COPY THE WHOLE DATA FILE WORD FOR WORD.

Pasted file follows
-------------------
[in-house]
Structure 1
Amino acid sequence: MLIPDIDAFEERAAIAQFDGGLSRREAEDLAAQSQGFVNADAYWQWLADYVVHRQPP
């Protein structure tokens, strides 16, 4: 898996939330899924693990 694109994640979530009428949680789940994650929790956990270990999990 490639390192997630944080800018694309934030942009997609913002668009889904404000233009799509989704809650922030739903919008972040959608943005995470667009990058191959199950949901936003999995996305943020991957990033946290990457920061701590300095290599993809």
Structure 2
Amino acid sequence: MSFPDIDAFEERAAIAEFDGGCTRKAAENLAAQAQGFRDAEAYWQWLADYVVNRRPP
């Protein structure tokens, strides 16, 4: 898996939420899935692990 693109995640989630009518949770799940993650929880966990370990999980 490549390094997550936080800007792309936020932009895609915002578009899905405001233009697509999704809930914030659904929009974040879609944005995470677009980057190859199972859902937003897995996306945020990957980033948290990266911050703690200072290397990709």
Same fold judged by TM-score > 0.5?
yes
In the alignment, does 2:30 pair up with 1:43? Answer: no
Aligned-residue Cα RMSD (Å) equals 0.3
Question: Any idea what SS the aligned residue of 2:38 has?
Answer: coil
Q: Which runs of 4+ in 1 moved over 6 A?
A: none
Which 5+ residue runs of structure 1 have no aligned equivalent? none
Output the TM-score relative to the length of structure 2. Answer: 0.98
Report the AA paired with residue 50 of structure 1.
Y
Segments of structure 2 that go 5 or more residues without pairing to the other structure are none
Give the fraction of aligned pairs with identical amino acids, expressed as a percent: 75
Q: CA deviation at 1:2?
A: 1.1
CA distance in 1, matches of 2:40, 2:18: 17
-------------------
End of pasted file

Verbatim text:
[in-house]
Structure 1
Amino acid sequence: MLIPDIDAFEERAAIAQFDGGLSRREAEDLAAQSQGFVNADAYWQWLADYVVHRQPP
């Protein structure tokens, strides 16, 4: 898996939330899924693990 694109994640979530009428949680789940994650929790956990270990999990 490639390192997630944080800018694309934030942009997609913002668009889904404000233009799509989704809650922030739903919008972040959608943005995470667009990058191959199950949901936003999995996305943020991957990033946290990457920061701590300095290599993809």
Structure 2
Amino acid sequence: MSFPDIDAFEERAAIAEFDGGCTRKAAENLAAQAQGFRDAEAYWQWLADYVVNRRPP
């Protein structure tokens, strides 16, 4: 898996939420899935692990 693109995640989630009518949770799940993650929880966990370990999980 490549390094997550936080800007792309936020932009895609915002578009899905405001233009697509999704809930914030659904929009974040879609944005995470677009980057190859199972859902937003897995996306945020990957980033948290990266911050703690200072290397990709």
Same fold judged by TM-score > 0.5?
yes
In the alignment, does 2:30 pair up with 1:43? Answer: no
Aligned-residue Cα RMSD (Å) equals 0.3
Question: Any idea what SS the aligned residue of 2:38 has?
Answer: coil
Q: Which runs of 4+ in 1 moved over 6 A?
A: none
Which 5+ residue runs of structure 1 have no aligned equivalent? none
Output the TM-score relative to the length of structure 2. Answer: 0.98
Report the AA paired with residue 50 of structure 1.
Y
Segments of structure 2 that go 5 or more residues without pairing to the other structure are none
Give the fraction of aligned pairs with identical amino acids, expressed as a percent: 75
Q: CA deviation at 1:2?
A: 1.1
CA distance in 1, matches of 2:40, 2:18: 17